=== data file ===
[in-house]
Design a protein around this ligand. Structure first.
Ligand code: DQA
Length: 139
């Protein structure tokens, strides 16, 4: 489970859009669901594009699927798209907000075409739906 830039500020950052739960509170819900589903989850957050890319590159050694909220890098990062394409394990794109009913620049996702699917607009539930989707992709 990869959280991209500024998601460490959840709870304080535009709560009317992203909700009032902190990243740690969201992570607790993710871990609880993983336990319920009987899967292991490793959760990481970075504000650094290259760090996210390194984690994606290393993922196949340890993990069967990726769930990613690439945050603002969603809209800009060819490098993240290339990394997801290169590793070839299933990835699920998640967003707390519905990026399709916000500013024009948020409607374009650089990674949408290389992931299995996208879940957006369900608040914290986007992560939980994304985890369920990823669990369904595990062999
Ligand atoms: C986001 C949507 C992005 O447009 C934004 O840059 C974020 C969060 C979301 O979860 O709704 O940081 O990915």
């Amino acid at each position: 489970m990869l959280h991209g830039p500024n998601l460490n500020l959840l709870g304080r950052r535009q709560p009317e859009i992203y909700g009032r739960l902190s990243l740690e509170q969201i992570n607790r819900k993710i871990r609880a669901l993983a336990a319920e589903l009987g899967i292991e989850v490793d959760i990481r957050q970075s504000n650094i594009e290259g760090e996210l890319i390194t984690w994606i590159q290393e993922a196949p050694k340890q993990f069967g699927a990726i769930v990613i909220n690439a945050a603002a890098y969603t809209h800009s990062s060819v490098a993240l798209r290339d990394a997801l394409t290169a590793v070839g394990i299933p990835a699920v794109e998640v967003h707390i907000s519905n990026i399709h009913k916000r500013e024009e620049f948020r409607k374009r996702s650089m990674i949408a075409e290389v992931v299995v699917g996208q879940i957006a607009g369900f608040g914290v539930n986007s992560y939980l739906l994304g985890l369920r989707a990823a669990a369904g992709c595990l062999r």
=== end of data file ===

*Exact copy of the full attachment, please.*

[in-house]
Design a protein around this ligand. Structure first.
Ligand code: DQA
Length: 139
């Protein structure tokens, strides 16, 4: 489970859009669901594009699927798209907000075409739906 830039500020950052739960509170819900589903989850957050890319590159050694909220890098990062394409394990794109009913620049996702699917607009539930989707992709 990869959280991209500024998601460490959840709870304080535009709560009317992203909700009032902190990243740690969201992570607790993710871990609880993983336990319920009987899967292991490793959760990481970075504000650094290259760090996210390194984690994606290393993922196949340890993990069967990726769930990613690439945050603002969603809209800009060819490098993240290339990394997801290169590793070839299933990835699920998640967003707390519905990026399709916000500013024009948020409607374009650089990674949408290389992931299995996208879940957006369900608040914290986007992560939980994304985890369920990823669990369904595990062999
Ligand atoms: C986001 C949507 C992005 O447009 C934004 O840059 C974020 C969060 C979301 O979860 O709704 O940081 O990915």
């Amino acid at each position: 489970m990869l959280h991209g830039p500024n998601l460490n500020l959840l709870g304080r950052r535009q709560p009317e859009i992203y909700g009032r739960l902190s990243l740690e509170q969201i992570n607790r819900k993710i871990r609880a669901l993983a336990a319920e589903l009987g899967i292991e989850v490793d959760i990481r957050q970075s504000n650094i594009e290259g760090e996210l890319i390194t984690w994606i590159q290393e993922a196949p050694k340890q993990f069967g699927a990726i769930v990613i909220n690439a945050a603002a890098y969603t809209h800009s990062s060819v490098a993240l798209r290339d990394a997801l394409t290169a590793v070839g394990i299933p990835a699920v794109e998640v967003h707390i907000s519905n990026i399709h009913k916000r500013e024009e620049f948020r409607k374009r996702s650089m990674i949408a075409e290389v992931v299995v699917g996208q879940i957006a607009g369900f608040g914290v539930n986007s992560y939980l739906l994304g985890l369920r989707a990823a669990a369904g992709c595990l062999r």